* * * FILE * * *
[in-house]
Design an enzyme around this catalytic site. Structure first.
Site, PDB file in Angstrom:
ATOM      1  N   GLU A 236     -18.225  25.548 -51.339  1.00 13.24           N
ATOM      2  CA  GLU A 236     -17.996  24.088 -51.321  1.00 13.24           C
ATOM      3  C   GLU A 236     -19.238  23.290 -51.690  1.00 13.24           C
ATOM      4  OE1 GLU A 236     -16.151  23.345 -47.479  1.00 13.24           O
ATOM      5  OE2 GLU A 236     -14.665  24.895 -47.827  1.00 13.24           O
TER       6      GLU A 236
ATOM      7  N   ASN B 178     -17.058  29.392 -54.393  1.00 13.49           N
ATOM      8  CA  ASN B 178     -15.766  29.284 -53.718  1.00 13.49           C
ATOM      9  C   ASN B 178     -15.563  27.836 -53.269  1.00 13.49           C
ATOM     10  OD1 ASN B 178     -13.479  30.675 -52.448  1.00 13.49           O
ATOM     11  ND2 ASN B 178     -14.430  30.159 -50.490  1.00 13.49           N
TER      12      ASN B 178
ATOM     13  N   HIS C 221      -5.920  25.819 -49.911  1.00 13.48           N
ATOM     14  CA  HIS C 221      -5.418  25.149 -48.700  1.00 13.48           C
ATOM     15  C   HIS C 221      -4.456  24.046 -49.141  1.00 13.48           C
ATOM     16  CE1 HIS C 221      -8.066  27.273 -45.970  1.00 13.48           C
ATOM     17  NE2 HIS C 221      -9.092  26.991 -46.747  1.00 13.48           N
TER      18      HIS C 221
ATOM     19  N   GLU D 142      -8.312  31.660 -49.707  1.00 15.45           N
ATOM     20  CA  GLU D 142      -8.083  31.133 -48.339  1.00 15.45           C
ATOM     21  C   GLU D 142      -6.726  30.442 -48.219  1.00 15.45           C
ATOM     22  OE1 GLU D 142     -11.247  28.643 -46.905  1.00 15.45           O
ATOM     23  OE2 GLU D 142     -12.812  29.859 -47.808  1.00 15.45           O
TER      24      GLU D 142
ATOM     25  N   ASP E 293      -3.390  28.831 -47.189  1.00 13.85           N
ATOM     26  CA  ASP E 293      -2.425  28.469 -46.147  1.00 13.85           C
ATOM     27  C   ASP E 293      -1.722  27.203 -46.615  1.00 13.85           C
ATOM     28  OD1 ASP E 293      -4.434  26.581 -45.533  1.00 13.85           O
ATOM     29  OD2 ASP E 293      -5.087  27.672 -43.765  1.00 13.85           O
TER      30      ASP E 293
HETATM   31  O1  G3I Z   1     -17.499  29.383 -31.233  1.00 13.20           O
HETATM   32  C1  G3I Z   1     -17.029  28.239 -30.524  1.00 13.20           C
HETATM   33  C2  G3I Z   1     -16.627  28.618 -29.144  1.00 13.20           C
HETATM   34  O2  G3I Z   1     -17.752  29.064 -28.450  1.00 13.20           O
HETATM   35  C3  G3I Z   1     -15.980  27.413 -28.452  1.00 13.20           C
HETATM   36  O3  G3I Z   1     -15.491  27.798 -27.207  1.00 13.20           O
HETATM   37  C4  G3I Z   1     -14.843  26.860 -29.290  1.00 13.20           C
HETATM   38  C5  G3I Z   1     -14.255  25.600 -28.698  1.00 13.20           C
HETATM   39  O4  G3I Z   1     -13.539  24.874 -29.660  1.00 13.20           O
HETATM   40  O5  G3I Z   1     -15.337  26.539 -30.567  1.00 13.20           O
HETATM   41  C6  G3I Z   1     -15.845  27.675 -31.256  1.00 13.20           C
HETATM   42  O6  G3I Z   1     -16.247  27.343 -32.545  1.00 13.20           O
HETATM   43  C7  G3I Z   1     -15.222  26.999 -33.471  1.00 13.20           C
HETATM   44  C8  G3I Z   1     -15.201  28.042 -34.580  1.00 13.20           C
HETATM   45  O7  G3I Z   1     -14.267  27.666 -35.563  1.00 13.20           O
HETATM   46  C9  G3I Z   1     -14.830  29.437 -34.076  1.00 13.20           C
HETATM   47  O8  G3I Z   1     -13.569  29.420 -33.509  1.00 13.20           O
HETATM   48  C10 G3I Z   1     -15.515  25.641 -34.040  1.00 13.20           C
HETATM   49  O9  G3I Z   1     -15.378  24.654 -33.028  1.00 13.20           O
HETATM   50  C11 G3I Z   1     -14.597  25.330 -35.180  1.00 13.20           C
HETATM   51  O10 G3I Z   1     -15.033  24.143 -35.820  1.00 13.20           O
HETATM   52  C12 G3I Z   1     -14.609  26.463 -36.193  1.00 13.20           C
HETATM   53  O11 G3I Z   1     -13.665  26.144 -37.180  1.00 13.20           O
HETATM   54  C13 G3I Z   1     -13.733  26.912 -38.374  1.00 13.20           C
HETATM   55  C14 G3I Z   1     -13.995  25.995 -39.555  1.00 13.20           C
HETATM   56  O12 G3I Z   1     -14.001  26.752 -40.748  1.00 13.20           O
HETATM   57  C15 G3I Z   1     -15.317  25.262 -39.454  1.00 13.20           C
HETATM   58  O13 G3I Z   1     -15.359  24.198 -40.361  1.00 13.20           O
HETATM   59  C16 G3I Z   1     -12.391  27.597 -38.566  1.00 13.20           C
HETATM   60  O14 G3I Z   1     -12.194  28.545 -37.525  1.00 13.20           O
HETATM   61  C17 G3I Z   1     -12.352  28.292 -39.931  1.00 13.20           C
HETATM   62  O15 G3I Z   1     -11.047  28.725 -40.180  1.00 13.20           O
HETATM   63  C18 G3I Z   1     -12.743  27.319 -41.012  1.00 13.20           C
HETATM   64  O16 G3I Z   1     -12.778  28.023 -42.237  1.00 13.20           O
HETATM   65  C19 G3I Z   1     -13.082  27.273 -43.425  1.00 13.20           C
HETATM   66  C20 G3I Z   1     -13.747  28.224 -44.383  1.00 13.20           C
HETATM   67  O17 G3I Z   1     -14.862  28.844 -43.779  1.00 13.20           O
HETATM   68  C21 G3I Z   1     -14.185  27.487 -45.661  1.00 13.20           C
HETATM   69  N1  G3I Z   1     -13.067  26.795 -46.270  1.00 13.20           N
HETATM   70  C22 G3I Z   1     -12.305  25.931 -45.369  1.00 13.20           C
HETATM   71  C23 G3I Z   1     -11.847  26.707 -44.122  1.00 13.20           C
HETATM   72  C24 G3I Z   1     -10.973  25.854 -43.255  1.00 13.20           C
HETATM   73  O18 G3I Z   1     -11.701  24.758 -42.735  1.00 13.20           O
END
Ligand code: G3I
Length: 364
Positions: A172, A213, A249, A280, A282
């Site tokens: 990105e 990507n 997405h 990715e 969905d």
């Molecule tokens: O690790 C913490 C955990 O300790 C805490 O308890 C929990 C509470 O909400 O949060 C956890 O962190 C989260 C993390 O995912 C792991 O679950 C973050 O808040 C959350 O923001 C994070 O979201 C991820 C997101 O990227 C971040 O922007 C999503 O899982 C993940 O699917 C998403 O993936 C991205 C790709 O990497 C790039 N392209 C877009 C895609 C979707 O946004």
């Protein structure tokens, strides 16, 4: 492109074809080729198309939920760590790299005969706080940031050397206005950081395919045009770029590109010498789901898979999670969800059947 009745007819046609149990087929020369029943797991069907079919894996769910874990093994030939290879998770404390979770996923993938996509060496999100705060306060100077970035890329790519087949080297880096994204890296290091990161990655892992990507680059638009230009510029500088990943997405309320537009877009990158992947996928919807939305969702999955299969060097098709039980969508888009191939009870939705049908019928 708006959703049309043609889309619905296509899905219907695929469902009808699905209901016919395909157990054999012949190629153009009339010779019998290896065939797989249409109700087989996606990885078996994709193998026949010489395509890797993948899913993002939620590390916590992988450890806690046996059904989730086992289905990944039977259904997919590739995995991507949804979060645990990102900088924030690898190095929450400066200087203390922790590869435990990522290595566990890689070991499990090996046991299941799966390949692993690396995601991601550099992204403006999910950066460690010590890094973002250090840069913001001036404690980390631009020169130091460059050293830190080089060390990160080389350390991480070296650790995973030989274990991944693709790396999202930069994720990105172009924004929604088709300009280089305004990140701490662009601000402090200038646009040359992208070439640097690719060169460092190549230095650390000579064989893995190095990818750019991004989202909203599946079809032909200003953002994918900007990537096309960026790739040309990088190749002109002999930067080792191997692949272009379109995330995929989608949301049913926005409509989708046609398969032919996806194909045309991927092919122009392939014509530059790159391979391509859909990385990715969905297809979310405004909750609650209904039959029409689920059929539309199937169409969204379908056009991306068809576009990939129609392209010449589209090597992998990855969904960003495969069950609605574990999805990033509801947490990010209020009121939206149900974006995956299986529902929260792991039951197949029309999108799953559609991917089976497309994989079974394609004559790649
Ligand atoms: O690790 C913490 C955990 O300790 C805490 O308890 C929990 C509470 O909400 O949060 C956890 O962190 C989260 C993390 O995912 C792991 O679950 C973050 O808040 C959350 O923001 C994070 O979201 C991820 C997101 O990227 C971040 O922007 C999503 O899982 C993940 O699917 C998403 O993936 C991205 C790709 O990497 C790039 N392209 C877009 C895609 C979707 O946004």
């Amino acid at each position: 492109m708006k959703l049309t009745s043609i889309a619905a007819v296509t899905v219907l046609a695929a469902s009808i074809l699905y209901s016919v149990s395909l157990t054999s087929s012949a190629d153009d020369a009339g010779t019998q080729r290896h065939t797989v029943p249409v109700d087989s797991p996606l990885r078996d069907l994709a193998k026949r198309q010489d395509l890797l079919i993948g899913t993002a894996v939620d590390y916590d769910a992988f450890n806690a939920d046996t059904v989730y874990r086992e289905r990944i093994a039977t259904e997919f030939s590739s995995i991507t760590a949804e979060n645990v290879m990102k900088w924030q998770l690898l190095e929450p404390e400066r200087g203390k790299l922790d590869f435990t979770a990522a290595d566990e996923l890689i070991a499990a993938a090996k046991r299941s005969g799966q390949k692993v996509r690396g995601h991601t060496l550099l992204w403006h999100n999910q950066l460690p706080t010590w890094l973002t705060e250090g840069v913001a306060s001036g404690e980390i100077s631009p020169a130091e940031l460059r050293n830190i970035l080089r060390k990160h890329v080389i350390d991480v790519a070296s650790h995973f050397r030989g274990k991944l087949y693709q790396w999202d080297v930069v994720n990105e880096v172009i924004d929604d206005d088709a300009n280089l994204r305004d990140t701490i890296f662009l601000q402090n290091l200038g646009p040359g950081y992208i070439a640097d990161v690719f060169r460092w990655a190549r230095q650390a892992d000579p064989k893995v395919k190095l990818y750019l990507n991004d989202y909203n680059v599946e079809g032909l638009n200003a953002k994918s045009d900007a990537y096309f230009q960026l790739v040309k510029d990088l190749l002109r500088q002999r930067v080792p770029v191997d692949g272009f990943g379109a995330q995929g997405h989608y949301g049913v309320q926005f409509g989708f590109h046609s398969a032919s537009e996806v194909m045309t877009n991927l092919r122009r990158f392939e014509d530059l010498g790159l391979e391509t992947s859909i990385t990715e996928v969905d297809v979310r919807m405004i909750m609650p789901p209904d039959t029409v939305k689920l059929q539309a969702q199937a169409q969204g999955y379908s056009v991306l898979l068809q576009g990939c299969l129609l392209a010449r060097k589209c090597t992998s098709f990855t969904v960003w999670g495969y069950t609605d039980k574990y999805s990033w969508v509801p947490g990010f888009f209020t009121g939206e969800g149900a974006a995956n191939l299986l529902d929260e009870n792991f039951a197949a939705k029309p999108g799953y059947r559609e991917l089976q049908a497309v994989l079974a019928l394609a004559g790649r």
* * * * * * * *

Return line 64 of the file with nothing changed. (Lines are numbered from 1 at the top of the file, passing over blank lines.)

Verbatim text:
HETATM   61  C17 G3I Z   1     -12.352  28.292 -39.931  1.00 13.20           C